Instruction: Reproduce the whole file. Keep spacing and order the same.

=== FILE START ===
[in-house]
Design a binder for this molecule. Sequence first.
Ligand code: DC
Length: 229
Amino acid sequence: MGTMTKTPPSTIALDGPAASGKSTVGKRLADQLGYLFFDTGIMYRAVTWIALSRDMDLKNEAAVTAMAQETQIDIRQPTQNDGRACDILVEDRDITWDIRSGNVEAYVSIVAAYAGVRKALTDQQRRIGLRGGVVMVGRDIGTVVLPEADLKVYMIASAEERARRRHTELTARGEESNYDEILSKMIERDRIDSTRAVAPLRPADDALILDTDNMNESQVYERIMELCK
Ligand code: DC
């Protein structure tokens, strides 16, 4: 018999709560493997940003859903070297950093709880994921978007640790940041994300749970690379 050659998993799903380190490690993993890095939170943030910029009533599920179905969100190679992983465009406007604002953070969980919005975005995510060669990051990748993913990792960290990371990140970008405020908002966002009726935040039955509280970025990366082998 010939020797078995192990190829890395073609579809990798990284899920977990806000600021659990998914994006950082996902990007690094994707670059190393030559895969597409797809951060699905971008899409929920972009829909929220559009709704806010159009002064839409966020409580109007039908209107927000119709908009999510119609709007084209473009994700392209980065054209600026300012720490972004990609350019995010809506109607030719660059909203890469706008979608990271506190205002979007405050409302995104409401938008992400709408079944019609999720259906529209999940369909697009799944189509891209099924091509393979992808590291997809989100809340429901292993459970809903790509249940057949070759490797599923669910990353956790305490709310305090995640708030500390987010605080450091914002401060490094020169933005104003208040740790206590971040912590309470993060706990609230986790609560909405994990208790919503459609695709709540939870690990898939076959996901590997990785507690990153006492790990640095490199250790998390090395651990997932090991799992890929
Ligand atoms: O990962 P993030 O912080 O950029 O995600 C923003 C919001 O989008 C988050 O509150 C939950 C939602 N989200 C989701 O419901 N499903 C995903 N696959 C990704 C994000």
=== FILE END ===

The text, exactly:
[in-house]
Design a binder for this molecule. Sequence first.
Ligand code: DC
Length: 229
Amino acid sequence: MGTMTKTPPSTIALDGPAASGKSTVGKRLADQLGYLFFDTGIMYRAVTWIALSRDMDLKNEAAVTAMAQETQIDIRQPTQNDGRACDILVEDRDITWDIRSGNVEAYVSIVAAYAGVRKALTDQQRRIGLRGGVVMVGRDIGTVVLPEADLKVYMIASAEERARRRHTELTARGEESNYDEILSKMIERDRIDSTRAVAPLRPADDALILDTDNMNESQVYERIMELCK
Ligand code: DC
């Protein structure tokens, strides 16, 4: 018999709560493997940003859903070297950093709880994921978007640790940041994300749970690379 050659998993799903380190490690993993890095939170943030910029009533599920179905969100190679992983465009406007604002953070969980919005975005995510060669990051990748993913990792960290990371990140970008405020908002966002009726935040039955509280970025990366082998 010939020797078995192990190829890395073609579809990798990284899920977990806000600021659990998914994006950082996902990007690094994707670059190393030559895969597409797809951060699905971008899409929920972009829909929220559009709704806010159009002064839409966020409580109007039908209107927000119709908009999510119609709007084209473009994700392209980065054209600026300012720490972004990609350019995010809506109607030719660059909203890469706008979608990271506190205002979007405050409302995104409401938008992400709408079944019609999720259906529209999940369909697009799944189509891209099924091509393979992808590291997809989100809340429901292993459970809903790509249940057949070759490797599923669910990353956790305490709310305090995640708030500390987010605080450091914002401060490094020169933005104003208040740790206590971040912590309470993060706990609230986790609560909405994990208790919503459609695709709540939870690990898939076959996901590997990785507690990153006492790990640095490199250790998390090395651990997932090991799992890929
Ligand atoms: O990962 P993030 O912080 O950029 O995600 C923003 C919001 O989008 C988050 O509150 C939950 C939602 N989200 C989701 O419901 N499903 C995903 N696959 C990704 C994000």